went suddenly pale, and quivered; and dropping
his head stood still. When the official asked him
whether that was the man who was escaping across
the frontier, and at whom he had fired, he was
unable to answer. His lips trembled, and his
face twitched. "The s--s--s--" he began, but
could not get out the words which he wanted to
say. "The same, your excellency." The of-
ficials looked at each other and wrote something
down.

"You see the beneficial results of that same
system!"

In a room of sumptuous vulgarity two men sat
drinking wine. One of them was old and grey,
the other a young Jew. The young Jew was
holding a roll of bank-notes in his hand, and was
bargaining with the old man. He was buying
smuggled goods.

"You've got 'em cheap," he said, smiling.

"Yes--but the risk--"

"This is indeed terrible," said the young Tsar;
but it cannot be avoided. Such proceedings are
necessary."

His companion made no response, saying
merely, "Let us move on," and laid his hand
again on the head of the Tsar. When the Tsar
recovered consciousness, he was standing in a
small room lit by a shaded lamp. A woman was
sitting at the table sewing. A boy of eight was
bending over the table, drawing, with his feet
doubled up under him in the armchair. A stu-
dent was reading aloud. The father and daugh-
ter of the family entered the room noisily.

"You signed the order concerning the sale of
spirits," said the guide to the Tsar.

"Well?" said the woman.

"He's not likely to live."

"What's the matter with him?"

"They've kept him drunk all the time."

"It's not possible!" exclaimed the wife.

"It's true. And the boy's only nine years old,
that Vania Moroshkine."

"What did you do to try to save him?" asked
the wife.

"I tried everything that could be done. I gave
him an emetic and put a mustard-plaster on him.
He has every symptom of delirium tremens."

"It's no wonder--the whole family are drunk-
ards. Annisia is only a little better than the rest,
and even she is generally more or less drunk,"
said the daughter.

"And what about your temperance society?"
the student asked his sister.

"What can we do when they are given every
opportunity of drinking? Father tried to have
the public-house shut up, but the law is against
him. And, besides, when I was trying to convince
Vasily Ermiline that it was disgraceful to keep
a public-house and ruin the people with drink,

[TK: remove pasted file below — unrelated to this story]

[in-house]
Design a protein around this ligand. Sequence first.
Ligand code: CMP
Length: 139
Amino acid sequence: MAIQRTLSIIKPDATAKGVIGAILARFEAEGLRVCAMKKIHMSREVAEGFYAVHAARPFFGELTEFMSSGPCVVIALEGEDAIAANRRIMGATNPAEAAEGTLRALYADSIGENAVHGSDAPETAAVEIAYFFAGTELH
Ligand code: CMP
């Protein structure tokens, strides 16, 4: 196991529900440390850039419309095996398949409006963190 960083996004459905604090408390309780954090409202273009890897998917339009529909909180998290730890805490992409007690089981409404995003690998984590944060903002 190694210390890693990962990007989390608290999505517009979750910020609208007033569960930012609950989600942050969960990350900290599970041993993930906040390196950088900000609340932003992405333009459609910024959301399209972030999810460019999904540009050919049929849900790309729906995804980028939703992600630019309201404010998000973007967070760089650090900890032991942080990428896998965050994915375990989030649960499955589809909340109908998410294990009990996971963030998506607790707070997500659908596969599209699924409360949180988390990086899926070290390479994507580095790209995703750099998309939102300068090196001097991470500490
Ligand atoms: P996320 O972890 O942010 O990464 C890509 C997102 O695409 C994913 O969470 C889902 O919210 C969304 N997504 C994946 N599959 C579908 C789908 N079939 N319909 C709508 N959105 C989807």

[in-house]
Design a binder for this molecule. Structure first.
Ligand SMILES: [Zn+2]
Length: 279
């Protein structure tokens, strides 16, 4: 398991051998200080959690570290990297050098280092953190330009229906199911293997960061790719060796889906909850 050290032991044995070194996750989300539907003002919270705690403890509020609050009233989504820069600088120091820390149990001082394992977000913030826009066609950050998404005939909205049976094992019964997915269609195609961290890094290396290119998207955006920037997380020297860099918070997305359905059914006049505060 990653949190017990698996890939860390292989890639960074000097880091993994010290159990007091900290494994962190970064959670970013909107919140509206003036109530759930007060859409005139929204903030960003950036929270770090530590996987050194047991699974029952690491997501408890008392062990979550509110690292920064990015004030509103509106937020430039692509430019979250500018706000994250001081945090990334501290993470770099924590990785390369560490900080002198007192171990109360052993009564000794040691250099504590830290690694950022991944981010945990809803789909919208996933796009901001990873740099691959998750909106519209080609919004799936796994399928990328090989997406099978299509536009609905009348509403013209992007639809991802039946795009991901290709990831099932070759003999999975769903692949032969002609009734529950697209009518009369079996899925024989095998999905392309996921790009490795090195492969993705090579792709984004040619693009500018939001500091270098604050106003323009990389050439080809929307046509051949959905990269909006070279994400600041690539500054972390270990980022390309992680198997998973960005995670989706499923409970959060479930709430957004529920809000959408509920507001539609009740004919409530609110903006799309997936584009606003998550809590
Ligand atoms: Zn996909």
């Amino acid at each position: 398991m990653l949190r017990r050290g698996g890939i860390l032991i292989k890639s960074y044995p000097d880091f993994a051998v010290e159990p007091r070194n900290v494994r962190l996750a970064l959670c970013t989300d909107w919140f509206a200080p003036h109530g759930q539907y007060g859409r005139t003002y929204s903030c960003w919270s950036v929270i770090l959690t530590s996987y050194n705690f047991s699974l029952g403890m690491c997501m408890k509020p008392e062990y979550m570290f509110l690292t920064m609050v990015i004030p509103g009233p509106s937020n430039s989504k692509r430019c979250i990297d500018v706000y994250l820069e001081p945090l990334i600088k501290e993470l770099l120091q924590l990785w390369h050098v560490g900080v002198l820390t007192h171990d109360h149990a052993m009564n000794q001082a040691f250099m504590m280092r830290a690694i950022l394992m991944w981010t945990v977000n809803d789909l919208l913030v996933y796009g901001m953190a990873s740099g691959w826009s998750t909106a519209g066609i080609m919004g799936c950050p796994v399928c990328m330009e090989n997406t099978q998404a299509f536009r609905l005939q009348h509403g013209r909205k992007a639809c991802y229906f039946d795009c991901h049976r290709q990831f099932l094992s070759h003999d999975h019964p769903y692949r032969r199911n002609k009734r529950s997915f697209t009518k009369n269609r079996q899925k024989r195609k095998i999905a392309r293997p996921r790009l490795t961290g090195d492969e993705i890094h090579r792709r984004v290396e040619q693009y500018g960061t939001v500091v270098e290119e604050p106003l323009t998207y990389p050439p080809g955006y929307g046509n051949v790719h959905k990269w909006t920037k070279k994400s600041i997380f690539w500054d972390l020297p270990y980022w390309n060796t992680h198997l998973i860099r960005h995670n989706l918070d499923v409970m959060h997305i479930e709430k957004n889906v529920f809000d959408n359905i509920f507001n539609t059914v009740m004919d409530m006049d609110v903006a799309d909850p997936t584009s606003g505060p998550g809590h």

he answered very haughtily, and indeed got the
better of me before the crowd: 'But I have a
license with the Imperial eagle on it. If there
was anything wrong in my business, the Tsar
wouldn't have issued a decree authorising it.'
Isn't it terrible? The whole village has been
drunk for the last three days. And as for feast-
days, it is simply horrible to think of! It has
been proved conclusively that alcohol does no good
in any case, but invariably does harm, and it
has been demonstrated to be an absolute poison.
Then, ninety-nine per cent. of the crimes in the
world are committed through its influence. We
all know how the standard of morality and the
general welfare improved at once in all the coun-
tries where drinking has been suppressed--like
Sweden and Finland, and we know that it can be
suppressed by exercising a moral influence over
the masses. But in our country the class which
could exert that influence--the Government, the
Tsar and his officials--simply encourage drink.
Their main revenues are drawn from the continual
drunkenness of the people. They drink them-
selves--they are always drinking the health of
somebody: 'Gentlemen, the Regiment!' The
preachers drink, the bishops drink--"

Again the guide touched the head of the young
Tsar, who again lost consciousness. This time he
found himself in a peasant's cottage. The peas-
ant--a man of forty, with red face and blood-
shot eyes--was furiously striking the face of an
old man, who tried in vain to protect himself from
the blows. The younger peasant seized the beard
of the old man and held it fast.

"For shame! To strike your father--!"

"I don't care, I'll kill him! Let them send
me to Siberia, I don't care!"

The women were screaming. Drunken officials
rushed into the cottage and separated father and
son. The father had an arm broken and the son's
beard was torn out. In the doorway a drunken
girl was making violent love to an old besotted
peasant.

"They are beasts!" said the young Tsar.

Another touch of his guide's hand and the
young Tsar awoke in a new place. It was the
office of the justice of the peace. A fat, bald-
headed man, with a double chin and a chain round
his neck, had just risen from his seat, and was
reading the sentence in a loud voice, while a crowd
of peasants stood behind the grating. There was
a woman in rags in the crowd who did not rise.
The guard gave her a push.

"Asleep! I tell you to stand up!" The
woman rose.

"According to the decree of his Imperial